Towns to decide on aerial mosquito spraying

Several towns in southern Denton County will decide this week if they want to participate in Denton County’s aerial mosquito spraying program to combat the deadly West Nile virus outbreak.

On Monday night the Bartonville Town Council met and voted to opt-out of aerial spraying for mosquitoes.

Copper Canyon Town Council voted 2-1 to participate in aerial spraying at a packed meeting on Monday evening.

The Highland Village City Council will address aerial spraying at their regular council meeting Tuesday at 7:30 p.m. at the municipal complex.

Argyle will also tackle the issue at their town council meeting on Tuesday evening at 5 p.m.

The meetings were prompted by Denton County’s declaration of a West Nile Virus Health Emergency last Wednesday.

The declaration triggered a request to the Department of State Health Services to make additional resources available to Denton County for aerial mosquito spraying.

Municipalities have a small window of time to take advantage of the opportunity to be included in the aerial spraying program funded by the state.

Of the area towns that have already addressed the issue, both Flower Mound and Double Oak opted to be included in the aerial spraying.

Aerial spraying will take place in Lantana since the master planned community is in an unincorporated area of Denton County.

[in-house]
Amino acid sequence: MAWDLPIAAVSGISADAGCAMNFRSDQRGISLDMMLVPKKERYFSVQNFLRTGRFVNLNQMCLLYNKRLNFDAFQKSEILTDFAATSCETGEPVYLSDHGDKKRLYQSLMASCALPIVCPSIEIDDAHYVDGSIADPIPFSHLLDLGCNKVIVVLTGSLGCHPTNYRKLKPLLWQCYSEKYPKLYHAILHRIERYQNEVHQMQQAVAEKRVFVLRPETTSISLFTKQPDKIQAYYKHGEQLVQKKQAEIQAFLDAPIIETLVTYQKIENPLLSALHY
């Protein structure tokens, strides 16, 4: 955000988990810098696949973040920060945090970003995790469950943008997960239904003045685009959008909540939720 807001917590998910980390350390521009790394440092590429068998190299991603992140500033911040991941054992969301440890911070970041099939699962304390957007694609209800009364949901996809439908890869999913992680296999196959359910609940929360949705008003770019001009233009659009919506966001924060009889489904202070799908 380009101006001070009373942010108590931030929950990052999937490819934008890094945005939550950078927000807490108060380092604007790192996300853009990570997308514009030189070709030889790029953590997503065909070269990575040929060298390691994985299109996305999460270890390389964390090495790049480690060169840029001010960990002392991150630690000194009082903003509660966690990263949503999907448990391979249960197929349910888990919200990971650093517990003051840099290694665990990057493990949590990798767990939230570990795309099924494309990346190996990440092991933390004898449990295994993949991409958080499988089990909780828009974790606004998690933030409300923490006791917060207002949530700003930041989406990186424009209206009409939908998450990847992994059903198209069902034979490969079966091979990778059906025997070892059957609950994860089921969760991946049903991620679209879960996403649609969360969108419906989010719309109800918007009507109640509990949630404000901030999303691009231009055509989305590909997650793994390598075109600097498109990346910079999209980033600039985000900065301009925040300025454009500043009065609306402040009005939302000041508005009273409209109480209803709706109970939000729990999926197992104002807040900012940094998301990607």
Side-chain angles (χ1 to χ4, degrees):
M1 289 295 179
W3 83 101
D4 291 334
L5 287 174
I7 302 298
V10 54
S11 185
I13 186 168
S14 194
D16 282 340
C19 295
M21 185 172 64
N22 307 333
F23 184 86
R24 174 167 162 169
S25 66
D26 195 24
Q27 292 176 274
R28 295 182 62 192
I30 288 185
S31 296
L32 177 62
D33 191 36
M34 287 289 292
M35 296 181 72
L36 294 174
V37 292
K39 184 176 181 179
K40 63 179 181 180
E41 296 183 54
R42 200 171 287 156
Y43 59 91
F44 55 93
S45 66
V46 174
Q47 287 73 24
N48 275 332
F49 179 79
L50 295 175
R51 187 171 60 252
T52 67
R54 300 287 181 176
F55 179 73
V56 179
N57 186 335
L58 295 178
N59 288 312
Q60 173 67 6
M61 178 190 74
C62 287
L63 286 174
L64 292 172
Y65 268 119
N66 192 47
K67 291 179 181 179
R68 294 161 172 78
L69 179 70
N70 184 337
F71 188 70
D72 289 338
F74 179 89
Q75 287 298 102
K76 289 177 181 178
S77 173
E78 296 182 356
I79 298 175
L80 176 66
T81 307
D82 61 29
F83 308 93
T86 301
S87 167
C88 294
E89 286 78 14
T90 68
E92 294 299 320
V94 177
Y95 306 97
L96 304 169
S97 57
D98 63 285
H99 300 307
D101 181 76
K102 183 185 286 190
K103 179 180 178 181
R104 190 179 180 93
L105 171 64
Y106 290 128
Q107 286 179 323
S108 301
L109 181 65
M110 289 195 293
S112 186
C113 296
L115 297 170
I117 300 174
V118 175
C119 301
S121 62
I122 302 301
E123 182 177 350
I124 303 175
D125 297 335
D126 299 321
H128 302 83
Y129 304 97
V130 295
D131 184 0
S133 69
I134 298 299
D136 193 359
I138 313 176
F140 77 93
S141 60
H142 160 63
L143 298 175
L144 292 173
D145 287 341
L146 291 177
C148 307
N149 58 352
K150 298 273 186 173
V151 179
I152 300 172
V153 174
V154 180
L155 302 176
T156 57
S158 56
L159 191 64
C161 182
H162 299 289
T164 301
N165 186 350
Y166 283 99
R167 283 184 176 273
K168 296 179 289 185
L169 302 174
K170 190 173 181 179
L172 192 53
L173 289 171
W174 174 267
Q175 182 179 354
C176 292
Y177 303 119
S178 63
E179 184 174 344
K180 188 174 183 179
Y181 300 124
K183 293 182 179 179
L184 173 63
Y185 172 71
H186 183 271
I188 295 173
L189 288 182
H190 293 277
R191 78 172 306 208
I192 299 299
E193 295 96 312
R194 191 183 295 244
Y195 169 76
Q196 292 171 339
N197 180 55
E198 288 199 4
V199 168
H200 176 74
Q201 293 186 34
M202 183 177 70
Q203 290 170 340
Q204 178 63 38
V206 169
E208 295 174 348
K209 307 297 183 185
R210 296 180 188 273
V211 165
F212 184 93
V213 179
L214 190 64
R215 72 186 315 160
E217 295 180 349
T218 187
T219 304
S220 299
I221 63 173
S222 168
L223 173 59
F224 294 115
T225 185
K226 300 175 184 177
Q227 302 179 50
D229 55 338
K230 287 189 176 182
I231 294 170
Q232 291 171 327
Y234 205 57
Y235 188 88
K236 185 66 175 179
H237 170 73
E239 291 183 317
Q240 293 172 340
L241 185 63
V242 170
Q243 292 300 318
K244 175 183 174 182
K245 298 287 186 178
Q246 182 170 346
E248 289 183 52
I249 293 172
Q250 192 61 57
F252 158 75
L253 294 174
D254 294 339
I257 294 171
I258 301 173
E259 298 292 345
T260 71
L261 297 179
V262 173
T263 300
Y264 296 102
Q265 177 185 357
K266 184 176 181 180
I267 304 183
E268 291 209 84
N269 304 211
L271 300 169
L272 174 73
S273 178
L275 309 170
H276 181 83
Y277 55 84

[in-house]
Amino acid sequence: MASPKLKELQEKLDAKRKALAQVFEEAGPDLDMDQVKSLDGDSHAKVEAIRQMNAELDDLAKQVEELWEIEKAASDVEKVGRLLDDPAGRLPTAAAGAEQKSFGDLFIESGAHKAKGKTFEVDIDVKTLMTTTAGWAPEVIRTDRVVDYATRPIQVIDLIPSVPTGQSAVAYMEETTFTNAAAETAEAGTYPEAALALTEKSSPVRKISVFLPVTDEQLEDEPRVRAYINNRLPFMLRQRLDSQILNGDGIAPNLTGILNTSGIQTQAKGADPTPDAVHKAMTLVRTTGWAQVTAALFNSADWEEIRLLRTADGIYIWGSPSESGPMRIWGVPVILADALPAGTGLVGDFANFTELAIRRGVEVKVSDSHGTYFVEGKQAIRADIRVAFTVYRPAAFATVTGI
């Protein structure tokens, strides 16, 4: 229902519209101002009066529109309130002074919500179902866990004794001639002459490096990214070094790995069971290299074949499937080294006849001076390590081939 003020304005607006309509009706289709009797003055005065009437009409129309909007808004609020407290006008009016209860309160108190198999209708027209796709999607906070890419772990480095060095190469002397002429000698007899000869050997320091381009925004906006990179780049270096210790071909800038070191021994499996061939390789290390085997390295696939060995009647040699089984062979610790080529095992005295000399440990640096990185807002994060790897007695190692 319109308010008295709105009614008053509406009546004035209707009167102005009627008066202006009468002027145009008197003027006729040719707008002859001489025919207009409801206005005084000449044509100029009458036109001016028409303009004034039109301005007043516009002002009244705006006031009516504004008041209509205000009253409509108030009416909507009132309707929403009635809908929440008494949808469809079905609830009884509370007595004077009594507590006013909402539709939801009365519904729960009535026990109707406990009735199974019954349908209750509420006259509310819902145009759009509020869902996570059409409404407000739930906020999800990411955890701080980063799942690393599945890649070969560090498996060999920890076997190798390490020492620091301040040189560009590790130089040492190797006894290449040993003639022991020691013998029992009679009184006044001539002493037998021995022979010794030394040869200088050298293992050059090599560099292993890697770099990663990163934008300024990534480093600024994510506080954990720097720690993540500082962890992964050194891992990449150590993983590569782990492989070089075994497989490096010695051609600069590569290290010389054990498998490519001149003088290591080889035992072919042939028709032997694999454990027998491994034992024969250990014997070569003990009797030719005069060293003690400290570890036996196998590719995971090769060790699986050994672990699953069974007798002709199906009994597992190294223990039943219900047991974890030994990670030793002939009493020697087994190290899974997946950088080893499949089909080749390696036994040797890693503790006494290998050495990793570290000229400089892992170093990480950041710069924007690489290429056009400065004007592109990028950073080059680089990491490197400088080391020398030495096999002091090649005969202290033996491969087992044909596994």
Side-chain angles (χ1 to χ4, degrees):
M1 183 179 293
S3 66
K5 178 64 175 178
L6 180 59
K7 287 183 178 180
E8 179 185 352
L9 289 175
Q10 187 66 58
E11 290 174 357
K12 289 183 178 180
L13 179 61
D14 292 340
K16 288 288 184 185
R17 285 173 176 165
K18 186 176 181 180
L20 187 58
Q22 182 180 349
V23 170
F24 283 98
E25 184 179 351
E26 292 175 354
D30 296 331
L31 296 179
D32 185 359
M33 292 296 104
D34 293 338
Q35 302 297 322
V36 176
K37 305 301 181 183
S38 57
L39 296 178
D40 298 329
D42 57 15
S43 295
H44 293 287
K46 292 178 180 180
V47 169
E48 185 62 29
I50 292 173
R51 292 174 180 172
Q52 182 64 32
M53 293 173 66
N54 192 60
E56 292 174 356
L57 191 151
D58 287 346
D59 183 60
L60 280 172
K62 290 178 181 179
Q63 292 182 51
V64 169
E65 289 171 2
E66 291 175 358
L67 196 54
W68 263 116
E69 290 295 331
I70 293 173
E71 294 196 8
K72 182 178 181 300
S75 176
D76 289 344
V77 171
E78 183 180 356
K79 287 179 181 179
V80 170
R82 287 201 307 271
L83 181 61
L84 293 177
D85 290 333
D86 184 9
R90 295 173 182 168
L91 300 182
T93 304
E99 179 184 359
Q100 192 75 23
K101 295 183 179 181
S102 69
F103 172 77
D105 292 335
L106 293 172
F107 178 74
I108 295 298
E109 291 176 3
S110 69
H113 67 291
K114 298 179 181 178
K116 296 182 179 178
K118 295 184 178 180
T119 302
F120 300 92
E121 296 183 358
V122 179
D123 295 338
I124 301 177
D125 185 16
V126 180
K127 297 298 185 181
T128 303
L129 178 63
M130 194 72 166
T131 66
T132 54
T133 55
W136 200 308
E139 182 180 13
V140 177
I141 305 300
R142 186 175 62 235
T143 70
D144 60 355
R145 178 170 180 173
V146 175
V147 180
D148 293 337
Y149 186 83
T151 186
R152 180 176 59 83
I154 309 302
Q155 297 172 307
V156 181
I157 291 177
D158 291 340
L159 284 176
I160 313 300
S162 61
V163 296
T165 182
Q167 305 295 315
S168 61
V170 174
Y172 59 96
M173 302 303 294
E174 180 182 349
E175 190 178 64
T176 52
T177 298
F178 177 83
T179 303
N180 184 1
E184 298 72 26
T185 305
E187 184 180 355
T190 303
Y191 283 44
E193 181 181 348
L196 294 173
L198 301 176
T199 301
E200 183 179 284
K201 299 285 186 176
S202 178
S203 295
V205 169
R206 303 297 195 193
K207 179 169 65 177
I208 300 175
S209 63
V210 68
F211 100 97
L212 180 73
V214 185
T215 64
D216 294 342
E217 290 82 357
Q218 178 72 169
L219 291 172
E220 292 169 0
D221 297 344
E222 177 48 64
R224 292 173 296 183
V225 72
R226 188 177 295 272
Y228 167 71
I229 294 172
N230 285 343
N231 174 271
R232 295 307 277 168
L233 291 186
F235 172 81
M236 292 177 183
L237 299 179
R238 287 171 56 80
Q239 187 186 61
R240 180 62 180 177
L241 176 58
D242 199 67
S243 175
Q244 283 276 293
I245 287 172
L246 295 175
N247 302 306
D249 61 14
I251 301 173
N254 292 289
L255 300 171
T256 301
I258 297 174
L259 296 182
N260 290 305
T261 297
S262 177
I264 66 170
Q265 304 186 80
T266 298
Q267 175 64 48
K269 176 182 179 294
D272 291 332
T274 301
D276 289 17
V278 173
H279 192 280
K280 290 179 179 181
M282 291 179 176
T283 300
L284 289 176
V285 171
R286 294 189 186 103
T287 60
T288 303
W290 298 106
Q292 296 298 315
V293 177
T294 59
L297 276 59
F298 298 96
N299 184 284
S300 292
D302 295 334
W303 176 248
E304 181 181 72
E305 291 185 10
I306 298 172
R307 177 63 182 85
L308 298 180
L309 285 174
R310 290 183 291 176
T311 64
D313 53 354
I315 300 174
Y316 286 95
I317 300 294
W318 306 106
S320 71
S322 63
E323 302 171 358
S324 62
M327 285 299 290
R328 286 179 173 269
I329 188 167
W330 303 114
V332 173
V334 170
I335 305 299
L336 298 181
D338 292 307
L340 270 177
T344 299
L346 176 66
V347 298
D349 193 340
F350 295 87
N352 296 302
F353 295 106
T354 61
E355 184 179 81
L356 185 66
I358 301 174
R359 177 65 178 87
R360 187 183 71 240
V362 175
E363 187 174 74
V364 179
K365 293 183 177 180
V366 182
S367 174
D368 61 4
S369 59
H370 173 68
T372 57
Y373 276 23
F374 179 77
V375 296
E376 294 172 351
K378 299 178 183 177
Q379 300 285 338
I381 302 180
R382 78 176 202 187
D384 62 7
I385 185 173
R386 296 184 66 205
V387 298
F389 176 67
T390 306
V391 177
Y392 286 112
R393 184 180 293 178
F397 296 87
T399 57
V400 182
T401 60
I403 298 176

Dr. Bing Burton, director of the Denton County Health Department, said aerial spraying is safe and should not present a risk to the public.

The chemical to be sprayed is called Duet, a combination of two pyrethroids; sumithrin and prallethrin. Pyrethroids are a class of synthetic pesticides similar to pyrethrins, which are naturally occurring in chrysanthemum flowers. They kill mosquitoes on contact and are usually broken down by sunlight and water in a short period of time after application. Aerial Spraying Q&A.

Burton told council members that he expects the aerial spraying operation to occur no sooner than this Thursday and Friday nights between 9 p.m. and 2 a.m., but the exact times have not been posted.

This year, 119 residents had been diagnosed with West Nile disease in Denton County as of Thursday, which is the highest West Nile virus incidence rate in the state.

“Aerial spraying is the most effective option,” Burton said last week. “I believe that is the best recommendation. We are dealing with an outbreak like we have never seen.”

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